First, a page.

Henry Clay Work

(1 October 1832 – 8 June 1884 / Middletown, Connecticut)

No Letters From Home! - Poem by Henry Clay Work

A stranger lies ill, in a distant city,
With no - - letters from home!
The glances that meet him, in lieu of pity,
Are querring, "Why does he roam?"
"Oh, heed my request," says he, "else 'twere better
I slept in this gold-dusted loam;
Dismiss the physician, and bring a letter--
A flock of kind letters from home."

"Oh, heed my request," says he, "else 'twer better I
I slept in this gold-dusted loam;
Dismiss the physician, and bring a letter--
A flock of kind letters from home."

Like messenger doves, from across the mountains,
Cream tinted and golden and white?
Like the clouds that have sipp'd at the Eastern fountains
For thirsty land to take flight;
So come the dear missives--but ah! the stranger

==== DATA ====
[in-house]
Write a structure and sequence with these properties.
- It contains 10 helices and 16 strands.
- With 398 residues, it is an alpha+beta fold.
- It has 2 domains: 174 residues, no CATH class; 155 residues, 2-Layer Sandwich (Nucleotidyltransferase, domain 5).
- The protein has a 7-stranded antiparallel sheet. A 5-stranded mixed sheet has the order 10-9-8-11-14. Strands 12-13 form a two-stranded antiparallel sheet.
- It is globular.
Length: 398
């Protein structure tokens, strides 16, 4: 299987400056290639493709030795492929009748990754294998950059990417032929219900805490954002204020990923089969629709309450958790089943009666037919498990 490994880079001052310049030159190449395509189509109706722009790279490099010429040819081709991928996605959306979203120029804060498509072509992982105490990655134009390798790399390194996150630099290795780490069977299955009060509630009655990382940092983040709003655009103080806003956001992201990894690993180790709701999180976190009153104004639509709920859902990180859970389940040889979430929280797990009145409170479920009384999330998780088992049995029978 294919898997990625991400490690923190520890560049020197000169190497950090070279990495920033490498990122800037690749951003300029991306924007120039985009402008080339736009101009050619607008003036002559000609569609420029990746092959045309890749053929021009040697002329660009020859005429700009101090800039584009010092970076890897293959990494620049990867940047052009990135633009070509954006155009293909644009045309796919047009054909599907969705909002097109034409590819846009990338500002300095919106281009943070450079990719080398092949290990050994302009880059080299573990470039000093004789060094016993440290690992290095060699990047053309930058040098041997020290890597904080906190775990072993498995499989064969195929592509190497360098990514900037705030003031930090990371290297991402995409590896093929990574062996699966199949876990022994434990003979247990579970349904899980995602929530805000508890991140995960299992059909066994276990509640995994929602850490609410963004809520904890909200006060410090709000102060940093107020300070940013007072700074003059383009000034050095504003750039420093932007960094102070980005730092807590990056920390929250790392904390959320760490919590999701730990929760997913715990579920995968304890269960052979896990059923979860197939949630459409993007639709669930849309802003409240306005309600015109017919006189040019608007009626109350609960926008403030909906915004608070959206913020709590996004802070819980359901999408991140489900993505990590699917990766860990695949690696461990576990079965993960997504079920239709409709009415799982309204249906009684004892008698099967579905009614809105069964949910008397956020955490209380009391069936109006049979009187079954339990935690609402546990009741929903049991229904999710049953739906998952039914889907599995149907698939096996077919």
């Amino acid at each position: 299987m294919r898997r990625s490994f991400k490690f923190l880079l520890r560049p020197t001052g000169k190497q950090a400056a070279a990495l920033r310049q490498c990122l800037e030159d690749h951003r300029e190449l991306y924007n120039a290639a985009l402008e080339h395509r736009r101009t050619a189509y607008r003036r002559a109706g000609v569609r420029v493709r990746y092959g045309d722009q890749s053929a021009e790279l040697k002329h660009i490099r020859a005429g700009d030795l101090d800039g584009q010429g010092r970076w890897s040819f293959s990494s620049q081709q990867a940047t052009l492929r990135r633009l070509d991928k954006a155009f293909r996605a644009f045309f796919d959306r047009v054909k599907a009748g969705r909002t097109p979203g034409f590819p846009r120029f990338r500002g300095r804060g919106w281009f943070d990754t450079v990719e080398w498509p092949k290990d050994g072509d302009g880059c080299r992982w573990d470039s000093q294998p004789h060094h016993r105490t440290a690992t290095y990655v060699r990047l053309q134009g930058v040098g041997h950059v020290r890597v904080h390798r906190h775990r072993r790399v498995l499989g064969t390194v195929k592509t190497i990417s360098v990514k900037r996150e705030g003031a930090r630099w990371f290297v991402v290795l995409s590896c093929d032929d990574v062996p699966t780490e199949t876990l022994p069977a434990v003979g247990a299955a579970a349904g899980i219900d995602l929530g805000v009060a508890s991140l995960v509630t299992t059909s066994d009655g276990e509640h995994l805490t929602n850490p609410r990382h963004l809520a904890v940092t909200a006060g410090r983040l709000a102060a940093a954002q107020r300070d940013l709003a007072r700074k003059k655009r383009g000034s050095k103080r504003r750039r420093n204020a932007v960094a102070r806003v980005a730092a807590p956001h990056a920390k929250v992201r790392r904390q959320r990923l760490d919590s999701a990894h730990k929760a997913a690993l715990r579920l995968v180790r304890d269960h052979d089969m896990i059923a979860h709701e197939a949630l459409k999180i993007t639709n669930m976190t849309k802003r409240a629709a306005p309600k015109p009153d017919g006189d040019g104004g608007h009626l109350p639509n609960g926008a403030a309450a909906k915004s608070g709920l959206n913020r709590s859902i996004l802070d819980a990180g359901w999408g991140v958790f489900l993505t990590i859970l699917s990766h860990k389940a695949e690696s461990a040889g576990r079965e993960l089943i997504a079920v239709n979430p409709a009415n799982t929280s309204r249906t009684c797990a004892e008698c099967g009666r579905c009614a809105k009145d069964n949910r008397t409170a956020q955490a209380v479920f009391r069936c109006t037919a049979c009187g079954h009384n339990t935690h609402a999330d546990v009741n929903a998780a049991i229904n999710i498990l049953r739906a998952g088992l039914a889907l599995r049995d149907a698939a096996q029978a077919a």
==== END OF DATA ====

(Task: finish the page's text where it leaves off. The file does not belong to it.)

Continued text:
Receives none to lighten his gloom;
In this time of sickness, this hour of danger,
Not ever one letter from home!

He moans in his slumber "Why did I ever
So far - - westwardly roam;
Oh, must I lie down must I sleep forever
With no loving letters from home?
My bones you may bury where winds are lifting
Pacific's broad billows in foam;
Or there on Lone Mountain, where sands are drifting,
But first, bring a letter from home."

"From the 'Golden' up to the portals pearly,"
He murmurs, "Oh can it be far?
On the sunset domain, in the morn how early
Will glimmer the Orient Star?
What light is the melting my shade like fetters?
What birds are those circling the dome?
Those messenger doves are my long sought letters
My flock of kind letters from home."

"They heed my request," says he, "best of debtors,
Their favors are whitening the dome!
Sweet messenger doves are my long sought letters,
My flock of kind letters from home."


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Read poems about / on: home, sunset, city, star, sleep, light, wind



Poem Submitted: Friday, January 3, 2003



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